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Tips to Prepare a Winter Power Outage Plan

Did you know that power outages can occur without stormy conditions? Cold weather generally puts higher stress on the equipment used to generate and deliver electricity. With temperatures plummeting to record lows this winter, experts urge homeowners to establish a power outage plan now that can be implemented if disaster strikes.

What are some of the most common causes of power outages?

Lightning

Lightning is a common cause of outages during storms. Lightning strikes can hit our electrical equipment, causing you to lose power. Lightning can also strike trees, which may fall onto power lines and cause outages.

Ice
Ice storms create a buildup of ice on power lines and on trees. The weight of the ice can cause tree limbs and entire trees to fall onto power lines – knocking the lines and poles down and breaking them, or knocking the lines onto each other, causing an outage.

Wind, Tornadoes and Hurricanes
High winds or fallen trees may cause power lines to touch and short out, causing an outage. Wind may also blow tree limbs or entire trees onto the power lines, causing the lines to fall to the ground and possibly even break the lines and poles.

Rain and Flooding
Heavy rains can cause flooding in certain areas. Floods can cause damage to both above-ground and underground electrical equipment. To prevent major damage to the equipment, energy technicians may need to shut it down, affecting service to some customers.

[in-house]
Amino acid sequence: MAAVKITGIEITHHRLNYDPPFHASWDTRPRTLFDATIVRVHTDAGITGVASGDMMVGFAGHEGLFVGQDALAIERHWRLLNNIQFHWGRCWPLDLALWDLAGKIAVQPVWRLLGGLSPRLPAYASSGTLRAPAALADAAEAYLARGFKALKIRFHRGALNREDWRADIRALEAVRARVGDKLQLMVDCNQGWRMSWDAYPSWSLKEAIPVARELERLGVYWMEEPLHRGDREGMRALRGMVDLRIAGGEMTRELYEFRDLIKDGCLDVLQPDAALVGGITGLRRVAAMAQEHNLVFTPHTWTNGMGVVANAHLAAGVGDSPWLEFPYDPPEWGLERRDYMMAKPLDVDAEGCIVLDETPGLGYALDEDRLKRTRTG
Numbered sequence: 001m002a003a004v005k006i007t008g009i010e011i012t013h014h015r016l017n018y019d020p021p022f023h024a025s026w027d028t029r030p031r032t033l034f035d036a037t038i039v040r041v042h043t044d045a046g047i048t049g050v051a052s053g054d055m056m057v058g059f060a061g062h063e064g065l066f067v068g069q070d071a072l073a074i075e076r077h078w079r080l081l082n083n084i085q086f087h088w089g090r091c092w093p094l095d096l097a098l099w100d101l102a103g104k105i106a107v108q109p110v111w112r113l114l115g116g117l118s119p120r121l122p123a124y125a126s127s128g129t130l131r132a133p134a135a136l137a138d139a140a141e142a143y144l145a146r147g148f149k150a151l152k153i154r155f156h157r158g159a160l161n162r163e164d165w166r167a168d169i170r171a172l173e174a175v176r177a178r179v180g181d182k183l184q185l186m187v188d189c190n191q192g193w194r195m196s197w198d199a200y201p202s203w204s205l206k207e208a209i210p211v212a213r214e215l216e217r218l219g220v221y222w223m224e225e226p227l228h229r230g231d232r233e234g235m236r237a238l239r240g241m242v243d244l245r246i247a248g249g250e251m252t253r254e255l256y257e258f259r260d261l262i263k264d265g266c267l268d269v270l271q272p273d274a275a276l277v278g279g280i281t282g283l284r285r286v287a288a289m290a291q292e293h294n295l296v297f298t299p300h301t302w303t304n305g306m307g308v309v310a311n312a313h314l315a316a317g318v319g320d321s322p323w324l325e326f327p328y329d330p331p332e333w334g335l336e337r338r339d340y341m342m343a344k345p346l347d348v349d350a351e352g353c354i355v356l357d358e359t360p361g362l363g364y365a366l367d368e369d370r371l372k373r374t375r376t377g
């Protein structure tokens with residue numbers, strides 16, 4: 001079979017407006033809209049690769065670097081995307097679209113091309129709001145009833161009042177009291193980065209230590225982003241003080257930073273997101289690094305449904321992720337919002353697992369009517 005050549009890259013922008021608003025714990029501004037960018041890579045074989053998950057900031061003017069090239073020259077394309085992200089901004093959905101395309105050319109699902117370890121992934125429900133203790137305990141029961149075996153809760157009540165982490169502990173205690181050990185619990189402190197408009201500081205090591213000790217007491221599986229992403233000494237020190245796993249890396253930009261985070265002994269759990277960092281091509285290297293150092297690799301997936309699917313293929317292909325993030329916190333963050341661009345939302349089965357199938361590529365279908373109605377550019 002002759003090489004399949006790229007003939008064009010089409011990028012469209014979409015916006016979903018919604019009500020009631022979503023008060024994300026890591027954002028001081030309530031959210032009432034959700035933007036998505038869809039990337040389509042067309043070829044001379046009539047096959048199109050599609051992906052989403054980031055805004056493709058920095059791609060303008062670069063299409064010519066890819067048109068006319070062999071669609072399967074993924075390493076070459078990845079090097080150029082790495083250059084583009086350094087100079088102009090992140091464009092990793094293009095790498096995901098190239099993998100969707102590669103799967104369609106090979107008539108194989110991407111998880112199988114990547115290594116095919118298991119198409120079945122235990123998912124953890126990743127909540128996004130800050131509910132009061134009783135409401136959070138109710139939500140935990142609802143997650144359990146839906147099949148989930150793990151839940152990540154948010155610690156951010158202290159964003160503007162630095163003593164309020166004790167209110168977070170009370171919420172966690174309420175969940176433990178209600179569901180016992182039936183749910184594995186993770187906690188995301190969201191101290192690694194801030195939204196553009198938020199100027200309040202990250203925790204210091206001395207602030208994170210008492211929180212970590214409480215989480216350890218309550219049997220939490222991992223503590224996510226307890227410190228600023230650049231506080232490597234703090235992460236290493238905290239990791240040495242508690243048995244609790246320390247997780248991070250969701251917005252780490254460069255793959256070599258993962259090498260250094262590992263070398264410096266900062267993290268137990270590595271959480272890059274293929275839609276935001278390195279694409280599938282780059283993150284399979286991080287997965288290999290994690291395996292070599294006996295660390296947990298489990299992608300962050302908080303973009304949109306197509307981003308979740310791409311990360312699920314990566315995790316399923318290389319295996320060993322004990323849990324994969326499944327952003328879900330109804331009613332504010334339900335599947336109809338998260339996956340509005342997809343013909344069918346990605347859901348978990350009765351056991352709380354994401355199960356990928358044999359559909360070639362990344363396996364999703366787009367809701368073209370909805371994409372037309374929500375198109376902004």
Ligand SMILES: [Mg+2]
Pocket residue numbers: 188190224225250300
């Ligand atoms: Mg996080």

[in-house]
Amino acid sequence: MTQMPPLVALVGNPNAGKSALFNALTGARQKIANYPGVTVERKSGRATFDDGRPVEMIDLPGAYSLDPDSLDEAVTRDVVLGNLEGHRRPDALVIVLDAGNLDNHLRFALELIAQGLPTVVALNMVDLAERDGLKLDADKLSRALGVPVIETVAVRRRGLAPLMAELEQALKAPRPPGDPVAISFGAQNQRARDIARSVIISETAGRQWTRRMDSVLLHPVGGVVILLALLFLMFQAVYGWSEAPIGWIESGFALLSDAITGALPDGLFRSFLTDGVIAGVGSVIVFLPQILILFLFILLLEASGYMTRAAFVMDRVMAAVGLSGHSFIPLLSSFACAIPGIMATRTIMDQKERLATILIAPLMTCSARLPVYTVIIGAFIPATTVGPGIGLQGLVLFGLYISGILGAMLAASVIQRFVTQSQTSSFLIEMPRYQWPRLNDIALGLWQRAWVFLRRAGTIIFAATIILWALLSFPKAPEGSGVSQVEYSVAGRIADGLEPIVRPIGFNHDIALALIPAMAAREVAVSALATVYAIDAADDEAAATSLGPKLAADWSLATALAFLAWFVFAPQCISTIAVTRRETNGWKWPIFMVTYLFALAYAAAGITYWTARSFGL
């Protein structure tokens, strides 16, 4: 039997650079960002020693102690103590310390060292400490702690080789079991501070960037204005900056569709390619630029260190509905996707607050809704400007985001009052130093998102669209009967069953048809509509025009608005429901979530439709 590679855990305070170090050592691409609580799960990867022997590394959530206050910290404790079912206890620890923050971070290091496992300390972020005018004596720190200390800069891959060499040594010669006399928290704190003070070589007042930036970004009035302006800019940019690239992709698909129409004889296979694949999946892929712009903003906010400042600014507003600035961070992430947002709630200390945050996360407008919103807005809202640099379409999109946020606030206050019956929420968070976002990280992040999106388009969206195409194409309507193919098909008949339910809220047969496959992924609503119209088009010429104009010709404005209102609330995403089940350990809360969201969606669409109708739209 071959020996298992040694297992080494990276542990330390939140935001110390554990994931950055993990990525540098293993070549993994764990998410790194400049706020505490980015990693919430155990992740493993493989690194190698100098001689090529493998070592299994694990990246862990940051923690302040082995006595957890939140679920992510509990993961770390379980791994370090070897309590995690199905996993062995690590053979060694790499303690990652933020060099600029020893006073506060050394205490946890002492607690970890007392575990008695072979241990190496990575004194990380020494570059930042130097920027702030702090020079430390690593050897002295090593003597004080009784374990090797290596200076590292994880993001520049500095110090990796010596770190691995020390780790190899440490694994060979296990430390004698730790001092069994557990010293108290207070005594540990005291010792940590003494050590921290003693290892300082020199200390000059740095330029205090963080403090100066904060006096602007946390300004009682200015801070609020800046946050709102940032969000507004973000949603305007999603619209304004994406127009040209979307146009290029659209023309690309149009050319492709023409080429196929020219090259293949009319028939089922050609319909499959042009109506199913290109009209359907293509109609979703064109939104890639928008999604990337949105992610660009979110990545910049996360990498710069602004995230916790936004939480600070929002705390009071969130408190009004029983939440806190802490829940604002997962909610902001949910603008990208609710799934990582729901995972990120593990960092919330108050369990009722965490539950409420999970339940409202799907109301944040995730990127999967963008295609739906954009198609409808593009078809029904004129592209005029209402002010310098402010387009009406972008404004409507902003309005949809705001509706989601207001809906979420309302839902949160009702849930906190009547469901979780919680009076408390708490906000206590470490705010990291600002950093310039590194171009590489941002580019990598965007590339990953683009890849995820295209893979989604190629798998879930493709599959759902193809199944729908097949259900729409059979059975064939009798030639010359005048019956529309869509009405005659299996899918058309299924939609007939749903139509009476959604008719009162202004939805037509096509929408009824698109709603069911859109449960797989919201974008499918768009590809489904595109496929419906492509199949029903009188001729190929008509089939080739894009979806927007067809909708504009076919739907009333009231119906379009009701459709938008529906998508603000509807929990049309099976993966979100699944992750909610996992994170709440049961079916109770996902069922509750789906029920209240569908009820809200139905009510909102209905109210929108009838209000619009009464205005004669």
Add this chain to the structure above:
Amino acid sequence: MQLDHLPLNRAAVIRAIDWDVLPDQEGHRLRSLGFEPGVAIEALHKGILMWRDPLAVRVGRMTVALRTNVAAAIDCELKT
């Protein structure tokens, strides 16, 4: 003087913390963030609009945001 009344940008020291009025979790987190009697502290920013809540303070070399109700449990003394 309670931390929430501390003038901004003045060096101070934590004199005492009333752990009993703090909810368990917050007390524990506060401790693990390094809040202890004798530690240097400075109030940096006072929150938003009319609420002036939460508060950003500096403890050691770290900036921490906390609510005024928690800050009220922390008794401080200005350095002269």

Here are a few tips to prepare a power outage plan:

  • Take stock of your supply of flashlights, batteries, bottle water, non-perishable foods, and medicines and replenish immediately if needed.
  • Ensure a portable, battery-operated radio, TV or NOAA weather radio is readily available and operational.
  • Check on family members, friends and neighbors who have special medical needs to make sure they have necessary emergency supplies.
  • If you lose power, turn off as many appliances and electronics as possible – this will help with restoration efforts and reduce immediate demand on power lines.
  • Do not attempt to heat your home with a gas grill or by bringing your generator inside. Only operate such equipment outdoors in well-ventilated areas, and follow manufacturer instructions.
  • When power is restored, wait a few minutes before turning electrically-powered devices back on.

Source: Duke Energy

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